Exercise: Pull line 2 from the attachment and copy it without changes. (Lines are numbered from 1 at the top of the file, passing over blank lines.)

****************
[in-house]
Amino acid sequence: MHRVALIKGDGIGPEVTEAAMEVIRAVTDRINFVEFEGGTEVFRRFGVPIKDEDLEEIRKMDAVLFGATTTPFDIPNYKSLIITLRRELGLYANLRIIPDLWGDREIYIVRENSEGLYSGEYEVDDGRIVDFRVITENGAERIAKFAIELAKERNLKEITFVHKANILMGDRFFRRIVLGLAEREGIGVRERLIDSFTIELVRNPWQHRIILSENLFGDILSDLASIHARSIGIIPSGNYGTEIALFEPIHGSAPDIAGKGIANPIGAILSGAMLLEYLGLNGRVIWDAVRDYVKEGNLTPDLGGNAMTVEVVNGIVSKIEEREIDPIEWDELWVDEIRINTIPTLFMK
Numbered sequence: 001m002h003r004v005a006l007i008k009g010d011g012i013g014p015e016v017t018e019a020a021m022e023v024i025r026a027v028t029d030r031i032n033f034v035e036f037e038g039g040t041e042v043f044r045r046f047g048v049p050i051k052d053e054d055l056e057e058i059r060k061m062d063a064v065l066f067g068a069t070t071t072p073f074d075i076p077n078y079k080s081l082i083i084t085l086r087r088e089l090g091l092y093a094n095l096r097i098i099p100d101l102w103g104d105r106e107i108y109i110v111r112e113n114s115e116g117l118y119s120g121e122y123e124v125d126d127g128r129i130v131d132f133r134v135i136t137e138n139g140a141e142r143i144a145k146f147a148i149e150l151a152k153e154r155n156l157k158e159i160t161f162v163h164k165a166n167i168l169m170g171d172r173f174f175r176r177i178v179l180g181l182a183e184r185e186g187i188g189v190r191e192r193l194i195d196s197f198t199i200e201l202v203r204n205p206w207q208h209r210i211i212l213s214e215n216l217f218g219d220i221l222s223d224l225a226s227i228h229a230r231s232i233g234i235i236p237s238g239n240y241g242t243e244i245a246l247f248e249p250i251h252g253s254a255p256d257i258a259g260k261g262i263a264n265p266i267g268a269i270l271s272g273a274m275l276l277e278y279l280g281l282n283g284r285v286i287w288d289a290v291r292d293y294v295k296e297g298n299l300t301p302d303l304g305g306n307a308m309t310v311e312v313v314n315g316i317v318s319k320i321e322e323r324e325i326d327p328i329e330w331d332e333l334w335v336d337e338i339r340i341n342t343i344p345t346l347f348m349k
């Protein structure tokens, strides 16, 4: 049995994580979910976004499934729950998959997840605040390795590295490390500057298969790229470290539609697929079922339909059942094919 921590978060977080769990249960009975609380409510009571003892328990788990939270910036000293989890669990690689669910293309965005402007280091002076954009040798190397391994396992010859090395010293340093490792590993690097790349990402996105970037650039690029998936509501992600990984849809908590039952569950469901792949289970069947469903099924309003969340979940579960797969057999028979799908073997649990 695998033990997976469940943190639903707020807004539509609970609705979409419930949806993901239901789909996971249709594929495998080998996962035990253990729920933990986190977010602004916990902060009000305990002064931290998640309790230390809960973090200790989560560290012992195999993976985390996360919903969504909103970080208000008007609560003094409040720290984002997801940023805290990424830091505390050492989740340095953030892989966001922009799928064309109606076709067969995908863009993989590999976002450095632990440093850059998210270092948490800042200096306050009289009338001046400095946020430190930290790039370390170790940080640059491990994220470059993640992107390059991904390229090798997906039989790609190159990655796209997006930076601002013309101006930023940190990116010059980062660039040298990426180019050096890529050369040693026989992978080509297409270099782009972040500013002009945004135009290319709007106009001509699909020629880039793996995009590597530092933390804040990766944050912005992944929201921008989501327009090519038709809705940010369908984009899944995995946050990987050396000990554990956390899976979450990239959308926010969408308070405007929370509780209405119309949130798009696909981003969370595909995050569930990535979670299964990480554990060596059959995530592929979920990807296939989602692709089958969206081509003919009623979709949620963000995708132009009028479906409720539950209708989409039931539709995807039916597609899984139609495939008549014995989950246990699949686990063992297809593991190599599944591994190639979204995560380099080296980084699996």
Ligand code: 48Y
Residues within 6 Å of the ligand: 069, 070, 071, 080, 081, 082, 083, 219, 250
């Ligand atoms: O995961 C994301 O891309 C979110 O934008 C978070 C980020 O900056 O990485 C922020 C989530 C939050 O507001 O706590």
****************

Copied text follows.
Amino acid sequence: MHRVALIKGDGIGPEVTEAAMEVIRAVTDRINFVEFEGGTEVFRRFGVPIKDEDLEEIRKMDAVLFGATTTPFDIPNYKSLIITLRRELGLYANLRIIPDLWGDREIYIVRENSEGLYSGEYEVDDGRIVDFRVITENGAERIAKFAIELAKERNLKEITFVHKANILMGDRFFRRIVLGLAEREGIGVRERLIDSFTIELVRNPWQHRIILSENLFGDILSDLASIHARSIGIIPSGNYGTEIALFEPIHGSAPDIAGKGIANPIGAILSGAMLLEYLGLNGRVIWDAVRDYVKEGNLTPDLGGNAMTVEVVNGIVSKIEEREIDPIEWDELWVDEIRINTIPTLFMK